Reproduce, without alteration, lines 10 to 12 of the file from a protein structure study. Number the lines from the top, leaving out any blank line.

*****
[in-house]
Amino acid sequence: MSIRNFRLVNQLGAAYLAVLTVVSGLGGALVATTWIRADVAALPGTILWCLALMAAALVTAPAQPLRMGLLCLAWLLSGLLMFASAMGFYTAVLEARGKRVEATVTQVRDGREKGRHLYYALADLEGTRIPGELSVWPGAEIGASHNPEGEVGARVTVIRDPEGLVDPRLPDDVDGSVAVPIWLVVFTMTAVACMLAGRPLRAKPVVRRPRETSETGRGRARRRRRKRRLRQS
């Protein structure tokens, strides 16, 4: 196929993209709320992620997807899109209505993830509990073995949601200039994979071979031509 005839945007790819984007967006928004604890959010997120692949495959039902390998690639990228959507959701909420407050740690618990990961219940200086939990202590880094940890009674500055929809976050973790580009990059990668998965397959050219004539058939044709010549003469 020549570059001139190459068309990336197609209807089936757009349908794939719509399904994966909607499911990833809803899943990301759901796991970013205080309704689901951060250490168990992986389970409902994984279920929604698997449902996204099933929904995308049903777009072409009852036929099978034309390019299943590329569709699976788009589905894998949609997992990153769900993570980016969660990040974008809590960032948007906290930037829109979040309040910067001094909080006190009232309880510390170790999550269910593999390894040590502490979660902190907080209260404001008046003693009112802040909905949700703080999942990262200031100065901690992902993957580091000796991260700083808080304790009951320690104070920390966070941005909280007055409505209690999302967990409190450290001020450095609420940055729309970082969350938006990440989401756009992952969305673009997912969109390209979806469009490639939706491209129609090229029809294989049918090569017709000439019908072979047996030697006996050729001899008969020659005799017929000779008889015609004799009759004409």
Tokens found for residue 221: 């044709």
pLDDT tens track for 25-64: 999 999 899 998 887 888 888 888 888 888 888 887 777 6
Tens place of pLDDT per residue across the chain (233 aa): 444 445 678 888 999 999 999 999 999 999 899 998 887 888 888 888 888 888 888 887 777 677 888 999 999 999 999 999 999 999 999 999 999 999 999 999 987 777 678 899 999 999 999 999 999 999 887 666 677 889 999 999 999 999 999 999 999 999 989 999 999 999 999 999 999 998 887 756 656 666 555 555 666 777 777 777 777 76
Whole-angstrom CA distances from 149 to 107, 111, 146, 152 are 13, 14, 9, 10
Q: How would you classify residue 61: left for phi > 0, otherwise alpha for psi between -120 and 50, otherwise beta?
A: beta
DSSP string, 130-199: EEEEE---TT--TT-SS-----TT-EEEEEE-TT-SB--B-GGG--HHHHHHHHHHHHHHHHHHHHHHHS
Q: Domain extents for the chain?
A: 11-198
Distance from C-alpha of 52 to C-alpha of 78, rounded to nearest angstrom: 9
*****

DSSP string, 130-199: EEEEE---TT--TT-SS-----TT-EEEEEE-TT-SB--B-GGG--HHHHHHHHHHHHHHHHHHHHHHHS
Q: Domain extents for the chain?
A: 11-198